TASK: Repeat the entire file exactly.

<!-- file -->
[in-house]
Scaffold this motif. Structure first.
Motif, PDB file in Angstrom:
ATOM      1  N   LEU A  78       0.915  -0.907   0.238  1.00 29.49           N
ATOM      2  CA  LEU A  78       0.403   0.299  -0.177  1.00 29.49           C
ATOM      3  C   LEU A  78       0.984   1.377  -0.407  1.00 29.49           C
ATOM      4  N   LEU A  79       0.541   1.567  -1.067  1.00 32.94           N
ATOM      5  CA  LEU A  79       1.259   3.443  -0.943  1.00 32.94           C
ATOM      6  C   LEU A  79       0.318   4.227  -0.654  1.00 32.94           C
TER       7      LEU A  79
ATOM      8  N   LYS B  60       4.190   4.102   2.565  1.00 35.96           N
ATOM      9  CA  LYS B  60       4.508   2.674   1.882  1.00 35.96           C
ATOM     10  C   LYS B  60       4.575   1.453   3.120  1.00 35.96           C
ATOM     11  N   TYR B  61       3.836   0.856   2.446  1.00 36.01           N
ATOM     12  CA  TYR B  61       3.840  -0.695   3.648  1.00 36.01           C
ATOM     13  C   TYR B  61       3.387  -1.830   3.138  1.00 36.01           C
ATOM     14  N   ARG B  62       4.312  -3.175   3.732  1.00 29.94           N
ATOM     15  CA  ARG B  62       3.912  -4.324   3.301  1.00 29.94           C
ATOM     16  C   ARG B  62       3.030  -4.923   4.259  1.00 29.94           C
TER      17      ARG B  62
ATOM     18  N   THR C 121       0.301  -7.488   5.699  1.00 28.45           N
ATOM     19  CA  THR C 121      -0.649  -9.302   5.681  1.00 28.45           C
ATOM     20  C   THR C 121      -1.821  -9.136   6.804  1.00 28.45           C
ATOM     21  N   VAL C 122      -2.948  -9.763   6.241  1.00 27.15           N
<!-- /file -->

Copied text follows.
[in-house]
Scaffold this motif. Structure first.
Motif, PDB file in Angstrom:
ATOM      1  N   LEU A  78       0.915  -0.907   0.238  1.00 29.49           N
ATOM      2  CA  LEU A  78       0.403   0.299  -0.177  1.00 29.49           C
ATOM      3  C   LEU A  78       0.984   1.377  -0.407  1.00 29.49           C
ATOM      4  N   LEU A  79       0.541   1.567  -1.067  1.00 32.94           N
ATOM      5  CA  LEU A  79       1.259   3.443  -0.943  1.00 32.94           C
ATOM      6  C   LEU A  79       0.318   4.227  -0.654  1.00 32.94           C
TER       7      LEU A  79
ATOM      8  N   LYS B  60       4.190   4.102   2.565  1.00 35.96           N
ATOM      9  CA  LYS B  60       4.508   2.674   1.882  1.00 35.96           C
ATOM     10  C   LYS B  60       4.575   1.453   3.120  1.00 35.96           C
ATOM     11  N   TYR B  61       3.836   0.856   2.446  1.00 36.01           N
ATOM     12  CA  TYR B  61       3.840  -0.695   3.648  1.00 36.01           C
ATOM     13  C   TYR B  61       3.387  -1.830   3.138  1.00 36.01           C
ATOM     14  N   ARG B  62       4.312  -3.175   3.732  1.00 29.94           N
ATOM     15  CA  ARG B  62       3.912  -4.324   3.301  1.00 29.94           C
ATOM     16  C   ARG B  62       3.030  -4.923   4.259  1.00 29.94           C
TER      17      ARG B  62
ATOM     18  N   THR C 121       0.301  -7.488   5.699  1.00 28.45           N
ATOM     19  CA  THR C 121      -0.649  -9.302   5.681  1.00 28.45           C
ATOM     20  C   THR C 121      -1.821  -9.136   6.804  1.00 28.45           C
ATOM     21  N   VAL C 122      -2.948  -9.763   6.241  1.00 27.15           N